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Just a quarter of UK office workers plan to return full-time

LaToya Harding
·Contributor
·3-min read
Just 19% of Brits in a survey said remote working has a detrimental effect to their productivity during the pandemic. Photo: Getty
Just 19% of Brits in a survey said remote working has a detrimental effect to their productivity during the pandemic. Photo: Getty

Only 25% of office workers in the UK plan on returning to their workplace on a full-time basis once normality returns, according to a study.

Digital coaching provider Ezra found that 46% of people felt they were as equally productive at home, while 35% stated they were even more productive than they were at the office.

Just 19% of Brits, in a survey of 2,175 office workers in the country, said remote working had a detrimental effect to their productivity during the COVID-19 pandemic.

Some 22% said they would remain working from home full-time, with just over half of office workers planning to split their time and work part-time from the office.

77% of those surveyed said that remote working also made no difference to their career progression opportunities, while 8% stated it had actually increased the opportunity to progress. Just 15% thought it had reduced career progression.

“It seems that the way we work could change on a permanent basis, as many intend to keep some flavour of remote working even when normality returns,” Nick Goldberg, founder of Ezra, said.

“If the pandemic has taught us anything, it’s that the advances in technology can easily facilitate a productive working environment without the need for employees to travel to the same physical location.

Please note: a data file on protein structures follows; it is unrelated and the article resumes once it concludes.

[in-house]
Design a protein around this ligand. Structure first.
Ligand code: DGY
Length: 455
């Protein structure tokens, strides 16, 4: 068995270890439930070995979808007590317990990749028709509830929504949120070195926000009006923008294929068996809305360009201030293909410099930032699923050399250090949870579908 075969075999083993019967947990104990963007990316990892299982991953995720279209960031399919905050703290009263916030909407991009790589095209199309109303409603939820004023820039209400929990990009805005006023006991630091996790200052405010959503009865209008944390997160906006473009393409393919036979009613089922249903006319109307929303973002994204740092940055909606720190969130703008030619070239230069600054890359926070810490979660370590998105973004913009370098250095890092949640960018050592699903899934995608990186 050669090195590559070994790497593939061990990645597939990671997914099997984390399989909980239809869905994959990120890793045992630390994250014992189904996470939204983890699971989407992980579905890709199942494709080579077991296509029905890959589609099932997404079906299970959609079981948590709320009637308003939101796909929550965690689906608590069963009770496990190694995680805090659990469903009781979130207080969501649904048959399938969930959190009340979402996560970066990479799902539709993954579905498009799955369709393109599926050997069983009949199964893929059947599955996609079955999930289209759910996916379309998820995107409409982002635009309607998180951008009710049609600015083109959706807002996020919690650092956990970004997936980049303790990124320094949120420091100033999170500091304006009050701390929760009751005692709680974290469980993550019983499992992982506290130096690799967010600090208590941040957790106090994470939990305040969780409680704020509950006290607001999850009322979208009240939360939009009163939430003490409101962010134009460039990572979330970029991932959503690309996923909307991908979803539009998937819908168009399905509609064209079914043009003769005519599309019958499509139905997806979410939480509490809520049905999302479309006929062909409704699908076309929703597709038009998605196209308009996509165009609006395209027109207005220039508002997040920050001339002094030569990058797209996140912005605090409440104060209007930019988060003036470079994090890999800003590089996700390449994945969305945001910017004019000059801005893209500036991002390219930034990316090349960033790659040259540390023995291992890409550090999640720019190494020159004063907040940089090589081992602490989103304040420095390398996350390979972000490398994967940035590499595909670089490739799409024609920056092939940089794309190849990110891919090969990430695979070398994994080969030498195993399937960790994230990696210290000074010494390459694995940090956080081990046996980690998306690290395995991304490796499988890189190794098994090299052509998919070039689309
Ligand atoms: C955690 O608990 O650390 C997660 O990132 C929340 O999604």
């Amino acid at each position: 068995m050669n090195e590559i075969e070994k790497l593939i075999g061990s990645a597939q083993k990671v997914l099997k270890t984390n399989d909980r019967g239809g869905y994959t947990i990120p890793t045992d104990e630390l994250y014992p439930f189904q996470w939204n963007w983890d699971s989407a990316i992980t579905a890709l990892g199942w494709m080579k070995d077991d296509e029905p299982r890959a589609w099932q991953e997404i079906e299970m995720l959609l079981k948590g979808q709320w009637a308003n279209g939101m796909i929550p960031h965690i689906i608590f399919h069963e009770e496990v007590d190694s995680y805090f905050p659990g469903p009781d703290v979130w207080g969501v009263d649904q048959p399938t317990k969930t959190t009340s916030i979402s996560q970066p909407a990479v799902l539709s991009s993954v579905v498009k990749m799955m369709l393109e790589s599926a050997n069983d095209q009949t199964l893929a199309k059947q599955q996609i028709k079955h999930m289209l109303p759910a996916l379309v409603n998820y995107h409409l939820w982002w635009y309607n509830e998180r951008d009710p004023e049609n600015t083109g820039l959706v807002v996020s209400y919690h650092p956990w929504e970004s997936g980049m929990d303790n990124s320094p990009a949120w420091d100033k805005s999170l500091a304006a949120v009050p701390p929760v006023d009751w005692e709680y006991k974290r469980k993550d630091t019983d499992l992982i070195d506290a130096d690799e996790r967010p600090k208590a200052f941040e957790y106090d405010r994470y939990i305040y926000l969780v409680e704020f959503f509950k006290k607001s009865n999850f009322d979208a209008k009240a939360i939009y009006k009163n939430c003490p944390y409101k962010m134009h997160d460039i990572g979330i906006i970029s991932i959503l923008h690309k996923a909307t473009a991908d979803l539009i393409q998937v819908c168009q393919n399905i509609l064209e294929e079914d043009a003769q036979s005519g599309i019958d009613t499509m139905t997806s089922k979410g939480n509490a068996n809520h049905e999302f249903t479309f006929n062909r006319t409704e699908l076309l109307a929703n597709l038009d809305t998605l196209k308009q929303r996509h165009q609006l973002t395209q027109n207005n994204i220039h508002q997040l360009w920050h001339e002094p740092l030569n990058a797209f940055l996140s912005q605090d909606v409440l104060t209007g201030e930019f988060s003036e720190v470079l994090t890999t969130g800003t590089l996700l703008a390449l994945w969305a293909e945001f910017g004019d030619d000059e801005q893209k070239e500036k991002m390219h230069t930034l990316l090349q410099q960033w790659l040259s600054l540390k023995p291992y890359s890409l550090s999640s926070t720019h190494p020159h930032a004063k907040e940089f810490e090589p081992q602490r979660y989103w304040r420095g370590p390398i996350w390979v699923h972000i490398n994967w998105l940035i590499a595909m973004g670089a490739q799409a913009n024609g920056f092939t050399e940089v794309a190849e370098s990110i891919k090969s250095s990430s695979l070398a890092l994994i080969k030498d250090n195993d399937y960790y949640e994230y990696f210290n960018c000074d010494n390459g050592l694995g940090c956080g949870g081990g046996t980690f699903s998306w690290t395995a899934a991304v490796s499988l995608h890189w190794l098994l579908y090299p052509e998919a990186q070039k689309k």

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READ MORE: Why we should be allowed to request remote working from day one

“This certainly won’t be the case for every company or every sector and it’s important to note that technology can only play a limited role in the success of remote working. The need for a human influence to manage, motivate and evaluate is still pivotal but the right balance of both technology and human can be as successful, if not more so, than the conventional place of work.”

It comes after Goldman Sachs boss David Solomon rejected remote working as a “new normal” last week, labelling it as an “aberration”.

He said the investment bank had operated throughout 2020 with “less than 10% of our people” in the office, but that remote working does not suit the work culture at Goldman Sachs.

“I do think for a business like ours, which is an innovative, collaborative apprenticeship culture, this is not ideal for us. And it’s not a new normal. It’s an aberration that we’re going to correct as soon as possible,” he said at a conference.

READ MORE: Brexit and COVID-19 pushes UK finance sector to cuts jobs and re-evaluate the need for offices long-term

It was also recently revealed that urban inequality is set to widen long after lockdown restrictions are eased thanks to remote working success in London compared to elsewhere in the country.

Findings from the Organisation for Economic Co-operation and Development (OECD) and the world’s largest job site Indeed found that the remote-friendly professional sector could harm lower paid service industries.

Analysis of job postings on Indeed revealed that the share of jobs with remote working is 2.6 percentage points higher in London than the average around the UK. The company analysed job postings on its platform in the UK, Spain, France and Germany to assess how the number of job postings had changed since the pandemic.

A rise in high paying professional job opportunities in the capital came at the expense of lower paid service based ones, which rely on face-to-face contact with customers and have been decimated by coronavirus.

Londoners are significantly more likely than their counterparts outside the capital to work in jobs like tech, finance, law and marketing – roles that make it easier to work remotely.

The data also showed that London recorded uninterrupted growth in remote working jobs during the COVID-19 pandemic, even when these jobs declined elsewhere in Britain.

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